A numbered company that was ordered by a lower court to pay the minimum fine for acting as a building contractor without holding a license won a significant legal battle appeal after the Quebec Court of Appeal held that legal persons are entitled to protection against cruel or unusual treatment or punishment within the meaning of s. 12 of the Canadian Charter of Rights and Freedoms.
The majority decision, bound to raise eyebrows, appears to broaden the array of fundamental rights available to legal persons, dismisses the notion that s.12 of the Charter cannot apply to legal persons, and suggests that proportionality may have more sway under the Charter than under the Ontario Provincial Offences Act in providing relief from mandatory minimum fines, according to legal experts.
“The ruling will have a considerable impact in the business world,” said Julius Grey, a renown Montreal human rights lawyer. “It will mean that whenever fines reach a certain level, they could be challenged – and not only in order to invalidate laws but simply to say that in this particular case they constitute cruel and unusual treatment.”
According to Stanley Berger, a Toronto lawyer with Fogler, Rubinoff LLP, the Quebec appeal court decision takes on added significance in light of a recent Ontario Court of Appeal decision. In R v. Henry of Pelham 2018 ONCA 999, the Ontario appeal court reversed two lower court decisions that granted relief to a corporate entity from a mandatory minimum fine because it was concerned that such relief would undermine public policy, which emphasized deterrence. The Ontario appeal court held that the proportionality test between the sentence, the offender and the offence only applies to fines above the mandatory minimum, pointed out Berger.
“The significance of the Quebec Court of Appeal decision is that they’re prepared to consider proportionality as a factor in the application of s.12 under the Charter, and not under a statute,” noted Berger.
But Louis-Philippe Lampron is concerned over the impact the Quebec appeal court decision will have. “It seems to me that we are about to open a Pandora’s box,” said Lampron, a human rights law professor at the Université Laval in Quebec City. “It could by contamination have an impact on other rights that are at present reserved to only natural persons such as equal rights and the right to life and security of the person.”
In a split two-to-one decision, the Quebec appeal court held that that the Charter should be interpreted progressively and be continuously adapted to “new realities” while taking into account the historical, social and legislative context. Though since the enactment of the Charter case law has associated the right not to be subjected to cruel or unusual treatment or punishment with the concept of human dignity, that notion has taken on an added dimension in the 21st century, held the majority of the appeal court. Human dignity is not an “insurmountable obstacle” that blocks the expansion of the protection afforded by s.12 of the Charter to a legal person or organization. A fine, asserts the majority, may be cruel to a legal person.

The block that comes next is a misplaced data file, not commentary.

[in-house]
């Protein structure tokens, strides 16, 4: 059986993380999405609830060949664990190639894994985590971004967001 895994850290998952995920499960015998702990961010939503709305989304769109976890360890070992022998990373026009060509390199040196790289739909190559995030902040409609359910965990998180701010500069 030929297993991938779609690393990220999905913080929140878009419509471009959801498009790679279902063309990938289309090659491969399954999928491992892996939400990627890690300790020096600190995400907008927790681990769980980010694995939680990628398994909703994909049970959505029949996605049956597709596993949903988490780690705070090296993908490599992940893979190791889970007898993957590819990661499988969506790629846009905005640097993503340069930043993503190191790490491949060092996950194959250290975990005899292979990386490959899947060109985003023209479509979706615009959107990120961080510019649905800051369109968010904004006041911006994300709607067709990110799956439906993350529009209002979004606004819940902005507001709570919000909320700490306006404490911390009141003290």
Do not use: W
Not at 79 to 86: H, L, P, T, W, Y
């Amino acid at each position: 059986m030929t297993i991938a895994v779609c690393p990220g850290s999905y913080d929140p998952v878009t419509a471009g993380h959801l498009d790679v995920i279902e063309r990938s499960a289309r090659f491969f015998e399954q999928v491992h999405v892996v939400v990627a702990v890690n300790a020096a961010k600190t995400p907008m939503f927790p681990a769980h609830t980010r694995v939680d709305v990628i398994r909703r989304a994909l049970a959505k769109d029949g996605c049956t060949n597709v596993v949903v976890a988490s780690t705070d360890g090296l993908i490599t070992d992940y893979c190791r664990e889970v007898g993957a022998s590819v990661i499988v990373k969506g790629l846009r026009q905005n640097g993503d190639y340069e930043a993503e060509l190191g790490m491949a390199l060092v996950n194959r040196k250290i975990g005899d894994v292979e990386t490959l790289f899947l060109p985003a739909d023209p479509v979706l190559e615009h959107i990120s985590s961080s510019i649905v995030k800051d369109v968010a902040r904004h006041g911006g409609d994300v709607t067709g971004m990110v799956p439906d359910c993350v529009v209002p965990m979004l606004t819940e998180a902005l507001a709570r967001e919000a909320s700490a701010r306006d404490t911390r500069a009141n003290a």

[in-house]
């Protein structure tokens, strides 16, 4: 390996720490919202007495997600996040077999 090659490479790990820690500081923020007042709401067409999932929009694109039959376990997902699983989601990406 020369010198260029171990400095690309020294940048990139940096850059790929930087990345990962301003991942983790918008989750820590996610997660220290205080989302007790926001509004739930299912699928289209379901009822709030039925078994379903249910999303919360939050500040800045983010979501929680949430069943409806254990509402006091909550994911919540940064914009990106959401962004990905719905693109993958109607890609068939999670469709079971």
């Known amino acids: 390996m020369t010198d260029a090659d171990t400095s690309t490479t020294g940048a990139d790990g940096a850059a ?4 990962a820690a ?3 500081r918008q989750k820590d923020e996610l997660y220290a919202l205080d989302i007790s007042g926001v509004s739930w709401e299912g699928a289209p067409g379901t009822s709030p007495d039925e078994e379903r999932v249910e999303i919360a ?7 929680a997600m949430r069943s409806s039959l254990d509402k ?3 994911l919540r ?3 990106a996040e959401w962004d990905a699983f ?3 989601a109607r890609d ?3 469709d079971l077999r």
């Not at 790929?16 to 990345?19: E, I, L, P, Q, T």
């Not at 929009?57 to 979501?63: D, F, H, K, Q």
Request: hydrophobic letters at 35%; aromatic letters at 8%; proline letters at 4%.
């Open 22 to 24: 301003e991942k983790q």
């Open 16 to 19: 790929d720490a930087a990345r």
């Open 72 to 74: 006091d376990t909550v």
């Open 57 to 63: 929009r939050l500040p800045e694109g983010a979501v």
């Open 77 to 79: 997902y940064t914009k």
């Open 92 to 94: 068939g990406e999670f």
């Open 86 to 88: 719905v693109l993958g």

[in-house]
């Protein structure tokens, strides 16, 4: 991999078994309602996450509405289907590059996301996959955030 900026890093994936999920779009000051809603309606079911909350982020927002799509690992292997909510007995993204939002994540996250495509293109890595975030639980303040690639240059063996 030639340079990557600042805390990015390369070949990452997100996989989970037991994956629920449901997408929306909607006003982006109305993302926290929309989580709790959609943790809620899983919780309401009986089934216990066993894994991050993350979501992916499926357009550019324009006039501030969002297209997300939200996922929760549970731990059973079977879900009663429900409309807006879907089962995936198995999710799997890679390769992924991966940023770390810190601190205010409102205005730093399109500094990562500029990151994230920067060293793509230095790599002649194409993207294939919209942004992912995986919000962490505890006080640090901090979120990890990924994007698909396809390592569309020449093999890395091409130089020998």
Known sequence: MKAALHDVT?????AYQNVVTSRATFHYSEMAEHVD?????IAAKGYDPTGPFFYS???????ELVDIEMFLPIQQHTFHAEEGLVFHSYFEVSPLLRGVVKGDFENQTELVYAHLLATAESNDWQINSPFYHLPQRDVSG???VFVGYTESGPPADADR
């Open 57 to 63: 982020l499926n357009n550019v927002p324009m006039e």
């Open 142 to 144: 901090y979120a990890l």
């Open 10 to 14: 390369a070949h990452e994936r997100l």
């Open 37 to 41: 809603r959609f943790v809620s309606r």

“To affirm in the 21st century that imprisonment is the only cruel and unusual punishment does not take into account today’s reality over the disproportionate impact economic sanctions can have on the economic motors of our society and the consequences that some people could suffer,” said Justice Dominique Bélanger, a view shared by Justice Jocelyn Rancourt, in 9147-0732 Québec inc. c. Directeur des poursuites et pénales 2019 QCCA 373.
The majority judges also pointed to numerous provisions in the Charter, including s.8 (unreasonable search and seizure), s.11a (right to be informed without delay of a charge), s.11b (right to be tried within a reasonable time) and s.11d (presumption of innocence) that were originally intended to protect human dignity but over time has eventually also been applied to legal persons.
They also pointed out that the constitutional protections involving s. 8 and 12 of the Charter are granted to “everyone,” including legal persons. In addition, a penal or criminal sanction must take into account public interest. “The Court does not believe that Canadian society would find it acceptable in all circumstances for a completely disproportionate fine to cause the bankruptcy of a legal person or an organization, thereby endangering the rights of creditors or forcing layoffs,” added Justice Bélanger.
In his dissent, Justice Jacques Chamberland ruled that the large and liberal interpretation of the guarantee against cruel and unusual treatment or punishment has made it possible to expand its scope to include sentences involving the deprivation of liberty, detention conditions and fines “without ever losing sight of the fact that the line must never be crossed is that of compatibility with human dignity.” He added that to say that one can be cruel towards a corporate entity is to “completely distort the common meaning of the words.”
While sympathetic to Justice Chamberland’s reasons, Grey asserts that the majority judges essentially sought to determine whether “the Charter applies and whether something is cruel or not (to legal persons) and that you shouldn’t turn the Charter into a technical instrument where its application depends on purely arid theoretical and technical distinctions.”
Lampron disagrees. The reasons laid out by the majority judges are not ill-founded, he said. But it is “surprising” that they have broken away from well-entrenched case law that held that s. 12 was applicable only to natural persons.
“There is something that makes me very uncomfortable with the decision by the majority,” said Lampron.
The appeal court referred the case back to a presiding justice of the peace to determine whether in this particular case the minimum fine under the Quebec Building Act infringed s.12 of the Charter.
This story was originally published in The Lawyer’s Daily.